Objective: We aimed to investigate the effects of oxidative stress in the pathhogenesis and progression of thyroiditis in patients with Hashimotos thyroiditis whose aetiopathogenesis includes environmental and genetic factors.
Methods: 80 patients (40 euthyroid and 40 subclinical hypothyroidism) older than 18 years with newly diagnosed Hashimotos thyroiditis and not yet on any treatment were enrolled. Patients were followed up for 9 months. Blood sample was drawn at diagnosis for thyroid function tests and oxidative stress parameters. Total antioxidant status (TAS), total oxidative status (TOS), paraoxonase 1 (PON1), arylesterase, and total thiol (total SH) were measured by colorimetric method. The ratio of serum TOS level and TAS level gave the oxidative stress index. TSH, free thyroxine (fT4), anti-thyroid peroxidase (anti-TPO), and anti-thyroglobulin (anti-Tg) were measured by ECLIA method.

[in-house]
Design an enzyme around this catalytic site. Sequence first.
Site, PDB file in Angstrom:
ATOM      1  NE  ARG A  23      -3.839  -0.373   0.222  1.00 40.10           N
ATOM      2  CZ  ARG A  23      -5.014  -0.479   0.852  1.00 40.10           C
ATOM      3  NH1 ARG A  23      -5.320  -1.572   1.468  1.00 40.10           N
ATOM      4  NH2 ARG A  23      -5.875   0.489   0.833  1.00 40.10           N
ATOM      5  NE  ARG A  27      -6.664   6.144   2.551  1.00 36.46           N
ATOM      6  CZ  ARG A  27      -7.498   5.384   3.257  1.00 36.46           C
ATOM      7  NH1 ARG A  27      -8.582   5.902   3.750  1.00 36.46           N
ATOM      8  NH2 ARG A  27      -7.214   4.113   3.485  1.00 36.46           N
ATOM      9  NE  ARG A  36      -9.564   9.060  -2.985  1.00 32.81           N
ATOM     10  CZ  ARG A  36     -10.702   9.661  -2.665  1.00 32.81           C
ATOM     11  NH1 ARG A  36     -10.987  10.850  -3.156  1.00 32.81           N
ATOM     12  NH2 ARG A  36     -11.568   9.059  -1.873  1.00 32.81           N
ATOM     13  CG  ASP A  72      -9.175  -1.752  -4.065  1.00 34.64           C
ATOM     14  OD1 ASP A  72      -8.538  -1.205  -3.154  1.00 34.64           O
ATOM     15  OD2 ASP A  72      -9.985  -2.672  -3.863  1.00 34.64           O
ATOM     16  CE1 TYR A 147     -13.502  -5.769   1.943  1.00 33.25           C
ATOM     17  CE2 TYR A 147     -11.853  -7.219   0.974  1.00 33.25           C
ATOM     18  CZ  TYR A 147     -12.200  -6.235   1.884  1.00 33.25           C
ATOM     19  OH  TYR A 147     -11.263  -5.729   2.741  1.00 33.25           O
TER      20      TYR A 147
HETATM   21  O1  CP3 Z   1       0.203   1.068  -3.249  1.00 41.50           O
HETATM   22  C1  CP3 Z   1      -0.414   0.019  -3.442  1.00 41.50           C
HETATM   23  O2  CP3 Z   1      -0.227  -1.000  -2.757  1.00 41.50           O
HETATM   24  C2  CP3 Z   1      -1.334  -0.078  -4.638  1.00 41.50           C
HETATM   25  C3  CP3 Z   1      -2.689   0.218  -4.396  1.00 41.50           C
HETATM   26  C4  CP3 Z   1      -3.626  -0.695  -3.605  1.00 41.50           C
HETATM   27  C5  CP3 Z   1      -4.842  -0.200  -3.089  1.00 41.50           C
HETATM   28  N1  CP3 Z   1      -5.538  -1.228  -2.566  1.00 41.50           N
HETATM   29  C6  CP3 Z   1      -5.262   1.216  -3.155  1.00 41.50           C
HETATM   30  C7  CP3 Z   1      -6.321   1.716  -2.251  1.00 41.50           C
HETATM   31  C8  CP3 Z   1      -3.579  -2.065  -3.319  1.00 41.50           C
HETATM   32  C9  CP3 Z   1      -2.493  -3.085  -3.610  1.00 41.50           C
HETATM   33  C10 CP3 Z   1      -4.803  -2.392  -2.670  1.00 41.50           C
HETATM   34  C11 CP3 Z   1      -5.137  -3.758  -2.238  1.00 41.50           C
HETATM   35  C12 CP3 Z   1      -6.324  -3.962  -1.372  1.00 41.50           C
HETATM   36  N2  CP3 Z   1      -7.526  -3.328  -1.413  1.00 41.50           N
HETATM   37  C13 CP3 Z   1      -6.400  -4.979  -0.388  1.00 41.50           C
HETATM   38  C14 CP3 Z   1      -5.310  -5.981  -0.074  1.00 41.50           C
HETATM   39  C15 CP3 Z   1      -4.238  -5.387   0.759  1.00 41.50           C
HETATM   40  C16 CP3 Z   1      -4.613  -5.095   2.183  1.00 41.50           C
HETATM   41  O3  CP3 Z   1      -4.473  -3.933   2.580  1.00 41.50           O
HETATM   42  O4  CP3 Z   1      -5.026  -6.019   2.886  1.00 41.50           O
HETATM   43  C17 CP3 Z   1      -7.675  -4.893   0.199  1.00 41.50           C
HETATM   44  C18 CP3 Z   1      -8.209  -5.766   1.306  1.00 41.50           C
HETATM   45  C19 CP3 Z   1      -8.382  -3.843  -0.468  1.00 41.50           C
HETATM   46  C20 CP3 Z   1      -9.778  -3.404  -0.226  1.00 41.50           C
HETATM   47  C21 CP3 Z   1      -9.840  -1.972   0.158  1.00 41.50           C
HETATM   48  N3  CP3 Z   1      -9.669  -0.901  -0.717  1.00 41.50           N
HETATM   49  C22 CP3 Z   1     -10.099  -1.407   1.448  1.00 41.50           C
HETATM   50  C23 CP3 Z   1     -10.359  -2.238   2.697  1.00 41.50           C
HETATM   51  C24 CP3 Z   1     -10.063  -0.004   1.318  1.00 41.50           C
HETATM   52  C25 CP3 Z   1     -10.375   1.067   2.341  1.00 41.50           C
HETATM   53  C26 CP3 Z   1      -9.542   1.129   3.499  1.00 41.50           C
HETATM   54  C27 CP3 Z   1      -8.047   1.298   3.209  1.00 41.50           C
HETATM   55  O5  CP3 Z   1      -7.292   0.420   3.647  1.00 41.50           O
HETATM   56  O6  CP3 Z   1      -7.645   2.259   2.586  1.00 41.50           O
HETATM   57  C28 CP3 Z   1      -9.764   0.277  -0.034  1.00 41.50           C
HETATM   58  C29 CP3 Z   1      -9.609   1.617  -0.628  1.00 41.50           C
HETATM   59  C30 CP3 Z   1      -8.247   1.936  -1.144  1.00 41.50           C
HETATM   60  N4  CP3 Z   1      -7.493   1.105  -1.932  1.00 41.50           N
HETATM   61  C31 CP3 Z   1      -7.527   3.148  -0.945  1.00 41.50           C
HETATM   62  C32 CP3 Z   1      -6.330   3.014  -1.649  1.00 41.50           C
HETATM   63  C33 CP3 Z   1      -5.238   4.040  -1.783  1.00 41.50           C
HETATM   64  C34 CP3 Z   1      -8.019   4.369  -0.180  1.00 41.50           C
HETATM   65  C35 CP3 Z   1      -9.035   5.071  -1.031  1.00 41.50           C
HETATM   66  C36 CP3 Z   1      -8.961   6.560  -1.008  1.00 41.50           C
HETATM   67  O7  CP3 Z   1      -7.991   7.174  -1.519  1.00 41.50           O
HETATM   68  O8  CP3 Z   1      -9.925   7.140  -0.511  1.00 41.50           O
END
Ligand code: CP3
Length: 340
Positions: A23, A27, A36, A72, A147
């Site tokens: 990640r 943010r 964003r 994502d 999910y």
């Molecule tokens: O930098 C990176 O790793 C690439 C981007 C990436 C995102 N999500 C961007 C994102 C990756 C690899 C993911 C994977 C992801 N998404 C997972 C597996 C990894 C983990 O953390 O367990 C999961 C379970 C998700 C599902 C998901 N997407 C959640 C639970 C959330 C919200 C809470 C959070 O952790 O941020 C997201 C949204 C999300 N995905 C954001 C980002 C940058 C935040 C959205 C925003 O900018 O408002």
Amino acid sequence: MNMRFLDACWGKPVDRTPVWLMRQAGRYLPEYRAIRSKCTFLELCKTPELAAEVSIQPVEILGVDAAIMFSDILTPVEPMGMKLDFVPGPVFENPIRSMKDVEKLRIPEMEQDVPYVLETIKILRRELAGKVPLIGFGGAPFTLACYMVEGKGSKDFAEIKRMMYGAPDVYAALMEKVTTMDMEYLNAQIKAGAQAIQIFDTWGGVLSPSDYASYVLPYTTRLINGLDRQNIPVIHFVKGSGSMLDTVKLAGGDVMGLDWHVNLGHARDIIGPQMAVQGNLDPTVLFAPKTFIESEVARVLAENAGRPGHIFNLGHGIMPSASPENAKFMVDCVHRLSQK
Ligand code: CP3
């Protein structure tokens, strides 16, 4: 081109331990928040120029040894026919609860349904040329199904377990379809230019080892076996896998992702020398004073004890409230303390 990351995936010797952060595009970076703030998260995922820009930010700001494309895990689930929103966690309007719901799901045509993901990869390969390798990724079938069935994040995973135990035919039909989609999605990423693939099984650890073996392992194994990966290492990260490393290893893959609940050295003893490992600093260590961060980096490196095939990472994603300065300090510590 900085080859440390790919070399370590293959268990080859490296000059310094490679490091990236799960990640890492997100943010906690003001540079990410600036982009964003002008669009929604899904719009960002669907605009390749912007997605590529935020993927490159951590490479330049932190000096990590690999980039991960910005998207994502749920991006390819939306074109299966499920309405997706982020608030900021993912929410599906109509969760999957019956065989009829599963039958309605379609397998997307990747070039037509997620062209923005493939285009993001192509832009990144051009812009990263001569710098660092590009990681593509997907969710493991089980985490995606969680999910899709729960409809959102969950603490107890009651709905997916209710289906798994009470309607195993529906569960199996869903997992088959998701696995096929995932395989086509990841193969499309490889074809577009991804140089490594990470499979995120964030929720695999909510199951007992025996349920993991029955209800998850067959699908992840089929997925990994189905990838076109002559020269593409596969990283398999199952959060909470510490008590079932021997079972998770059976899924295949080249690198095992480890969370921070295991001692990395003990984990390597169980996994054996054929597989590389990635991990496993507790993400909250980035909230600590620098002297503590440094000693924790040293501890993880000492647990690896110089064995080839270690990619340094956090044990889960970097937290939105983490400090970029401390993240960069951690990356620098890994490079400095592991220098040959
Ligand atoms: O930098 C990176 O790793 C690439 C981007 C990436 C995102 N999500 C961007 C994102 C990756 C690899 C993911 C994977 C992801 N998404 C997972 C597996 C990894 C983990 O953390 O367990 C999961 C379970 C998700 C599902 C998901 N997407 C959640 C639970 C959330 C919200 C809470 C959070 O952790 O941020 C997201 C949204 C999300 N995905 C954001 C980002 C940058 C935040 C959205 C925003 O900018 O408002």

Results: Total SH level was found to be higher in the euthyroid group as compared to the subclinical hypothyroidism group (P=0.019). TAS, TOS, OSI, PON, and arylesterase levels were similar in the two groups (P>0.05). At 9 months of follow-up, overt hypothyroidism developed in 14 patients. Patients with overt hypothyroidism tended to have significantly higher average TOS and OSI levels at diagnosis (P<0.001) and significantly higher anti-Tg and anti-TPO levels at hypothyroidism development (P<0.05) than those who did not develop overt hypothyroidism. Multivariable Cox regression analysis showed TSH level (HR=1.348, P<0.001), fT4 level (HR=0.481, P=0.017), and OSI ratio (HR=2.349, P<0.001) to be independent predictors for the development of overt hypothyroidism in euthyroid patients and those with subclinical hypothyroidism.
Conclusion: Higher levels of autoantibodies and oxidative stress in patients developing overt hypothyroidism shows that oxidative stress plays a major role in the pathogenesis and progression of autoimmune thyroiditis.